Rehabilitation Act of 1973 (Sec. 501(a)), although Sec. 512 amends the
Rehabilitation Act to conform it to drug and alcohol abuse provisions of the
ADA (discussed more fully below). State and local laws recognizing the rights
of people with disabilities remain in force and are not weakened by the ADA.
Sec. 501(b). Insurance and other bona fide benefit plans consistent with
State laws are unaffected by the ADA, even if they base coverage on risk
factors. Sec. 501(c). A person with a disability is not obliged to accept any
particular "accommodation, aid, service, opportunity, or benefit". Sec.
States must comply with the ADA and are not immune from its remedies. Sec.
Retaliation, interference, coercion and intimidation in response to charges
made under the ADA are prohibited. Sec. 503.
The Architectural and Transportation Barriers Compliance Board ("ATBCB") is
required to issue additional regulations to assist in implementation of the
ADA. Sec. 504. Various other Federal agencies are to develop and disseminate
technical assistance materials, although failure to secure such assistance is
not an excuse for noncompliance. Sec. 506.
Attorney's fees may be awarded to a prevailing party. Sec. 505.
Federal Wilderness Areas may not exclude wheelchairs, but need not take any
special action under the ADA to accommodate their use. Sec. 507.
Section 508 specifies that a person is not to be considered disabled solely
because that person is a transvestite. Similarly, Sec. 511 declares
homosexuality and bisexuality not to be impairments which would qualify for
protection as disabilities and excludes certain conditions and sexual behavior
disorders from the definition of disability.
Congress itself, at least to an extent consistent with its own internal
procedures, has agreed to comply with the ADA. Sec. 509.
Current illegal drug users are excluded from the definition of "individual
with a disability" under both the ADA (Sec. 510) and (by immediately
applicable amendments (Sec. 512)) the Federal Rehabilitation Act of 1973. Such
people are not excluded for certain purposes, such as receipt of health care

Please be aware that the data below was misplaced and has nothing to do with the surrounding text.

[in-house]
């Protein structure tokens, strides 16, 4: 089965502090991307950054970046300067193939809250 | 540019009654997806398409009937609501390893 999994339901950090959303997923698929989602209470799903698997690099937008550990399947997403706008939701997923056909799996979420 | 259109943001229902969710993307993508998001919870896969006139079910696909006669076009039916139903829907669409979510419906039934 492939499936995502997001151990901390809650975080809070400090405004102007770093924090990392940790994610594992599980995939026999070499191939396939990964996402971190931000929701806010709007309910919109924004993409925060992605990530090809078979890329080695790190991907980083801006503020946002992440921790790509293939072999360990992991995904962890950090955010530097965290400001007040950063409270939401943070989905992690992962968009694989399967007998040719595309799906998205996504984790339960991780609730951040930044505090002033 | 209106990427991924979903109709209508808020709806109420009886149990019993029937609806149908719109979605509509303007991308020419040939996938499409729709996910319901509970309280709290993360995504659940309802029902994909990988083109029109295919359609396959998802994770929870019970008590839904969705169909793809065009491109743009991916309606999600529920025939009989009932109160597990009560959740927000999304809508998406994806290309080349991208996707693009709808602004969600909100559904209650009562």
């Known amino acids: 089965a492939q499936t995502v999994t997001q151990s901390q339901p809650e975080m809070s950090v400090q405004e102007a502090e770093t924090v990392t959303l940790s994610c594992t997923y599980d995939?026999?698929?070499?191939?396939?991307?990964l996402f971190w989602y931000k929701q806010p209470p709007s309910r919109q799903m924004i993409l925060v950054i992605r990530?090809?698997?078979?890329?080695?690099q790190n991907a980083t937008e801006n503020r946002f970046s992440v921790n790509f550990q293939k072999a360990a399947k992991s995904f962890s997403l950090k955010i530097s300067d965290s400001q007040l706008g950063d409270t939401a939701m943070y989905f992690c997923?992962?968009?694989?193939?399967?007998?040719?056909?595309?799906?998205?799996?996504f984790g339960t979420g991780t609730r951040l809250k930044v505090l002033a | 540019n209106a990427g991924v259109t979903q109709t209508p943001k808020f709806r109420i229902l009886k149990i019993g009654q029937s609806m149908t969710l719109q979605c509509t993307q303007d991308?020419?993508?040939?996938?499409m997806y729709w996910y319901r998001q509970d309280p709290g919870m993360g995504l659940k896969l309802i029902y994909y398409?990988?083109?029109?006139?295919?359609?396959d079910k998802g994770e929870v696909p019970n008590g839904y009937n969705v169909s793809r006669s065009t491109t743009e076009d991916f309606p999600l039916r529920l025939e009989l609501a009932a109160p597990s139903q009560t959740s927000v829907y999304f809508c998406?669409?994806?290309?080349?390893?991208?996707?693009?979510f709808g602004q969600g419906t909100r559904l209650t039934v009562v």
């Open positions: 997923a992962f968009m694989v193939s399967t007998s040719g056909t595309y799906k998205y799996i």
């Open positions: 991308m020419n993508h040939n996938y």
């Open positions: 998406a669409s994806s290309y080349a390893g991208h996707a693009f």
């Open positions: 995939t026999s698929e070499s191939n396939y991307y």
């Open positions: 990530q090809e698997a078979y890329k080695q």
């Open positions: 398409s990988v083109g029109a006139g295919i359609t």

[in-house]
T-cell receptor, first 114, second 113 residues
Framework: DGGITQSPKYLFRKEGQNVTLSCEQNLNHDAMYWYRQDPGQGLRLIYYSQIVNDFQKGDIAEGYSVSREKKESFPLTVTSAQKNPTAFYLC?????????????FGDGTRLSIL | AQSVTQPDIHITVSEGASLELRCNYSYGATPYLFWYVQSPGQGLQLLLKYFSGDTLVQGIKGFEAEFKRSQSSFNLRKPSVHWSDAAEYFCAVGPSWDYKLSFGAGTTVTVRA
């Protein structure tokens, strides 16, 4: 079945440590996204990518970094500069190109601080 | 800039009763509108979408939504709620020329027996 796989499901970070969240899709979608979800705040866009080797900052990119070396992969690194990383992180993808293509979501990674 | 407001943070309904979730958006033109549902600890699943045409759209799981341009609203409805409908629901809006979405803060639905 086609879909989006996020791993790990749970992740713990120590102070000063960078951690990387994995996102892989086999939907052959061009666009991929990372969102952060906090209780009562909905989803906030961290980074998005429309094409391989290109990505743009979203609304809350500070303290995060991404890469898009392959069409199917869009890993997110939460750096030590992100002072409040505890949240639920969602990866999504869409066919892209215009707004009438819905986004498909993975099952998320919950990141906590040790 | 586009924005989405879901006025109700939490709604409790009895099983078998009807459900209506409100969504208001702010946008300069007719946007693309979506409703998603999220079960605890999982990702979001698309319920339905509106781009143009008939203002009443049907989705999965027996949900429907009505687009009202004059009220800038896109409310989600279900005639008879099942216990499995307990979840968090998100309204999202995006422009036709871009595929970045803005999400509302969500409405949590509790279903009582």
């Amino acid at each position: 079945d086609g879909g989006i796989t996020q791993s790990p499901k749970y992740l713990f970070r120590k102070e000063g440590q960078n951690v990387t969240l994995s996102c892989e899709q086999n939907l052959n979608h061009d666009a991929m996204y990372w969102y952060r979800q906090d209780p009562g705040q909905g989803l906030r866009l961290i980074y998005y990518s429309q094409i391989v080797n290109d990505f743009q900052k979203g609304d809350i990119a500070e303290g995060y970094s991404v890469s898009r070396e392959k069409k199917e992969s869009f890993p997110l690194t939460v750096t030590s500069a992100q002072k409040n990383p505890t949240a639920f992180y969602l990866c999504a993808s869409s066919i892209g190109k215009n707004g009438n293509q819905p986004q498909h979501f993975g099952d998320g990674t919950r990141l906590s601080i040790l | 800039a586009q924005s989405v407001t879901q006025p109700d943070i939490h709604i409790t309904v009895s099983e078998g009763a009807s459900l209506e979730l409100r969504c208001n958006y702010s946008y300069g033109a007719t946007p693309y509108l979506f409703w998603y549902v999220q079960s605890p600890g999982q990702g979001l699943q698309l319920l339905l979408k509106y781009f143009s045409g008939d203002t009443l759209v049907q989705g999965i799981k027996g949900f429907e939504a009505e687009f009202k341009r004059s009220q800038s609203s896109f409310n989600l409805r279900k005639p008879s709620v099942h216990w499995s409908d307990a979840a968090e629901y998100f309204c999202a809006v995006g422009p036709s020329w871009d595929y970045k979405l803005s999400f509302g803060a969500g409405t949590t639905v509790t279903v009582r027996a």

and drug rehabilitation services. Drug testing to ensure that individuals who
are participating or have participated in a drug treatment program are not
currently using illegal drugs is not a violation of either the ADA or the
Rehabilitation Act under these provisions. However, in both laws, testing of
others (including those "erroneously regarded as engaging in such use") is
omitted from the description of testing which would not be considered a
violation. Illegal drug use and testing are covered more fully in Sec. 104
(relating to employment), where drug testing is excluded from the definition
of a "medical examination". Interestingly, in both Sec. 104 and Sec. 510
(relating, presumably, to non-employment provisions of the ADA) -- but not in
Sec. 512 (amending the Rehabilitation Act) -- it is stated that "nothing in
this section shall be construed to encourage, prohibit, restrict, or authorize
the conducting of testing for the illegal use of drugs." The amendment to the
Rehabilitation Act also makes clear that, for purposes of employment under
Secs. 503 and 504 of the Rehabilitation Act, the term "individual with a
disability" does not include an alcoholic whose current use of alcohol either
prevents the person from performing the job in question or, in what might best
be considered a subcategory of the basic criteria, "whose employment, by
reason of such current alcohol abuse, would constitute a direct threat to
property or the safety of others." ADA Sec. 512.
Section 513 encourages the use of alternative dispute resolution under the
- 67, 68, 69 -